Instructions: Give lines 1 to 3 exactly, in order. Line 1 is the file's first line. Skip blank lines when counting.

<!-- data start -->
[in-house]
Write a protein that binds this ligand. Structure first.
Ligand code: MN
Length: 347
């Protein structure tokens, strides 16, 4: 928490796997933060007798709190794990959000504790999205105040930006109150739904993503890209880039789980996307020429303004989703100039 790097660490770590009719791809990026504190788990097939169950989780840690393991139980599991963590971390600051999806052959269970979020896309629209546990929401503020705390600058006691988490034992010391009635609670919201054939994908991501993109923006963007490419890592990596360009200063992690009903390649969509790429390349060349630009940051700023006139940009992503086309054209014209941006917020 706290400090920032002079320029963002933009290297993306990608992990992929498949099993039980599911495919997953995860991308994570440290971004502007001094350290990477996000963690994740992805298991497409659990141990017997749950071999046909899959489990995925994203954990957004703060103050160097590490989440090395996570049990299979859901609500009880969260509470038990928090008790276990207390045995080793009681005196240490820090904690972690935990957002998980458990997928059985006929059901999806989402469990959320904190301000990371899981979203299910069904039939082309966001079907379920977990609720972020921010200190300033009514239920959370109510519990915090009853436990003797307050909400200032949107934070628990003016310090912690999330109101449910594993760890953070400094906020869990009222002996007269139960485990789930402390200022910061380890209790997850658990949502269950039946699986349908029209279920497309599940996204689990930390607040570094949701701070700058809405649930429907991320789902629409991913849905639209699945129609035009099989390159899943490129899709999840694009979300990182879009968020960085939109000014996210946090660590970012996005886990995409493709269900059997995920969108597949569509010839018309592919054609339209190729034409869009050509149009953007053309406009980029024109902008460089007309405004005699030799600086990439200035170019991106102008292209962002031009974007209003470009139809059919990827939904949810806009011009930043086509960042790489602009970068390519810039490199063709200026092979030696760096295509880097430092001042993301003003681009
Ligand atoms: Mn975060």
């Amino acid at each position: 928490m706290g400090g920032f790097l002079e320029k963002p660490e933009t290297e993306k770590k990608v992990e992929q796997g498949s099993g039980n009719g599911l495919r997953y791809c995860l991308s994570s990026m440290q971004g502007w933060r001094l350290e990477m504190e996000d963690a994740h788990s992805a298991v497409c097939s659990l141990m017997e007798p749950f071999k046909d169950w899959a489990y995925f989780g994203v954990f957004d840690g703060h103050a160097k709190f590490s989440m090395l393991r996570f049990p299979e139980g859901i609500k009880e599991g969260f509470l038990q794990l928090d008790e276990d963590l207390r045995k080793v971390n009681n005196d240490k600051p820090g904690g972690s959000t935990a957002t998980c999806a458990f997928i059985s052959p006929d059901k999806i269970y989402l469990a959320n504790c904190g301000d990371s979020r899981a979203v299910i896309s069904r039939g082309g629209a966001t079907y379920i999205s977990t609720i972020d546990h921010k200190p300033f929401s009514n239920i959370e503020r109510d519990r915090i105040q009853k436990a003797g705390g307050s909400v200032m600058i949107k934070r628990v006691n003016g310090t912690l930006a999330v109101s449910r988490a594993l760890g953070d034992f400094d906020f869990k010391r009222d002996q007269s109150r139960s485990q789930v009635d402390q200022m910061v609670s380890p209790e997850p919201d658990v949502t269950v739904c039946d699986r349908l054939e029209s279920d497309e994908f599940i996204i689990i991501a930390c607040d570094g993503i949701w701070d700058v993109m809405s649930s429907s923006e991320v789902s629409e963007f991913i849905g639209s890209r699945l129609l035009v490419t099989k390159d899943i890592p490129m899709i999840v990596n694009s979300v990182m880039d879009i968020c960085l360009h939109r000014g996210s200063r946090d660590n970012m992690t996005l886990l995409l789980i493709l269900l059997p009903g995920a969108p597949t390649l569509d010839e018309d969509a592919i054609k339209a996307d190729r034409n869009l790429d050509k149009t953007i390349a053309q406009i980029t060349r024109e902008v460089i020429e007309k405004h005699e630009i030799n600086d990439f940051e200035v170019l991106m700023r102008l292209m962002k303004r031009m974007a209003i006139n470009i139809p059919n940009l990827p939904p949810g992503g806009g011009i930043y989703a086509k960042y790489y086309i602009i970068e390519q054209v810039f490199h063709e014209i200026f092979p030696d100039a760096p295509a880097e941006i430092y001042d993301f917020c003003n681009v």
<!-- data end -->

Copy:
[in-house]
Write a protein that binds this ligand. Structure first.
Ligand code: MN